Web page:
The other thing to bear in mind is that a 5 ft 10 size 16, can look great. I do love Nigella, but have you noticed she does not have one wrinkle and is that shiny skin just from being radiant or using Eve Lom? I am not so sure, but whatever, she is fab and luckily for her, has an hour glass figure she might not look so good had she the gene's of an apple shape. Weight we can change (hopefully) but never our shape!

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  7. I love Nigela but why does she always cook in a denim jacket? Watch her shows, she is ALWAYS in a denim jacket.

    And when it comes to the issue of weight I just think everyone should be who they are, size 16, size 6, whatever. It seems like people are either too slim or too 'curvy' - magazines always say 'curvy' but half the time you know they mean fat.
    It's time for normal to be ok.

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  8. Even my size is 34 (EU), I absolutely agree with your last words in this post!


    FM~FP~AF

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  9. That sunday times article was disgraceful. *Gasp* Bigger people want to look good too? How very dare they?!

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  10. You are so right when you say its not about the size but about style and taste. A lot of people don't get that.

    http://fashionroadkill-halifax.blogspot.com

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  11. I am amazed that he would think or say something that insensitive in this day and age where women are already killing themselves to reach an unreachable ideal. What a moron. Healthy is better than unhealthy- period. And a little extra weight is better than starving yourself into a dress anyday.

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  12. It's true: everyone should have access to beautiful clothes. The fact that designers choose to ignore an entire (majority) demographic blows my mind.

    Thanks for posting this. It nudged me to remember.

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  13. Amen, sister. You KNOW I agree: Everyone at every size should have access to tools that will help them look their best.

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  14. Does vanity sizing come into play here? I have no idea how it is in the U.K., but here the less expensive retailers have "small" sizes that fit very large. They might not go up to a certain size on the label but I sure bet someone that size could fit into one of their pieces. I did notice once trying a Dorothy Perkins top in size 8 that it was very big on me, even though I would normally think of myself as a U.K. 10.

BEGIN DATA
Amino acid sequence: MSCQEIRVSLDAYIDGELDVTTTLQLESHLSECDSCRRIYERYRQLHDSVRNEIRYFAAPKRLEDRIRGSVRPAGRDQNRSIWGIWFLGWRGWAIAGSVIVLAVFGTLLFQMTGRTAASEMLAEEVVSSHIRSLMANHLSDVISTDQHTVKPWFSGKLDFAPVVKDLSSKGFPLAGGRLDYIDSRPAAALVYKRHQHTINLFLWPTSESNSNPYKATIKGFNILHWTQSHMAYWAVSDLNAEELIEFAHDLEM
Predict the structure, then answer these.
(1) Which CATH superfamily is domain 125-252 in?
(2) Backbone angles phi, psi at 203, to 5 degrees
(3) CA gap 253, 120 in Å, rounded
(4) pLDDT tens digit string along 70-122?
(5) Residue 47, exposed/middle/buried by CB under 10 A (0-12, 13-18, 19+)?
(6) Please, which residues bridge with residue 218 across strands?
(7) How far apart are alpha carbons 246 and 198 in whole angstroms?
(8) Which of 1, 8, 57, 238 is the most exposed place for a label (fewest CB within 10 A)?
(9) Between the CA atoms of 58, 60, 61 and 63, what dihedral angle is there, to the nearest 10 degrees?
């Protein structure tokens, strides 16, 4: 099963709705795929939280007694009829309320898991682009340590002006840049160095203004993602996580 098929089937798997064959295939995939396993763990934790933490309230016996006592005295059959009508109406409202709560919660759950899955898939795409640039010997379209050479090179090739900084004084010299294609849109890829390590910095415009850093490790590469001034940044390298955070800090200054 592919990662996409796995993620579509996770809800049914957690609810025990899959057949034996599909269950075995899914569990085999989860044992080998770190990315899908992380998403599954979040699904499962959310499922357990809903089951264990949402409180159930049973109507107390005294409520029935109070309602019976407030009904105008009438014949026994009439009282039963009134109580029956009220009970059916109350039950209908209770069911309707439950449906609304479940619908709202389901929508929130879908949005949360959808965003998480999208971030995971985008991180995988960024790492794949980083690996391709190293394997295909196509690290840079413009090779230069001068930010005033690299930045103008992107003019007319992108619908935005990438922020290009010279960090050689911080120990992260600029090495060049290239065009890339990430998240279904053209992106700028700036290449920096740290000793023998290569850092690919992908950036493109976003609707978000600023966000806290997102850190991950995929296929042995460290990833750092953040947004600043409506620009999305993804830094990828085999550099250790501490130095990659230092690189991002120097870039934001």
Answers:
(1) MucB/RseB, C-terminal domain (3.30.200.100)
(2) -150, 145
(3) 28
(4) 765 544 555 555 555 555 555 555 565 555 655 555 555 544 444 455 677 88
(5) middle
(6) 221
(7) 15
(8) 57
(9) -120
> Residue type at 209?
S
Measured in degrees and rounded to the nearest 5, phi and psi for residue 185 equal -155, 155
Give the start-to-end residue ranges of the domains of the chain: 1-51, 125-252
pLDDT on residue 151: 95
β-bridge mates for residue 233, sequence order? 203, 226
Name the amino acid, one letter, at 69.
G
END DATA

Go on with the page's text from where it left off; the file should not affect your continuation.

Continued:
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  15. It may be hard for designers to sell larger sizes... not to defend the practice of not making them or anything...
    Very interesting topic, darling!

    xoxox,
    CC

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  16. Please say this again and again until you get people in power to listen. Nigella looks lovely. She certainly has plenty of money to buy couture. I would love to know who she buys from. Do you know?

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  18. Nigella is smouldering.she is so sexy! Love her show,she looks gorge as ever.
    xx
    marian

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  19. I just found this blog, which is lovely. I enjoy it very much.

    But I have to wonder, what is it about fat people that the masses don't want us to be moderately attractive? Why wouldn't they want to sell clothing to us? After all, if we're so disgusting, shouldn't we be more covered up?

    I'm an American size 18/20, I'm short, I'm squat, and will never ever be a model in my wildest dreams. I still desire to be as attractive as possible even though I'm fat.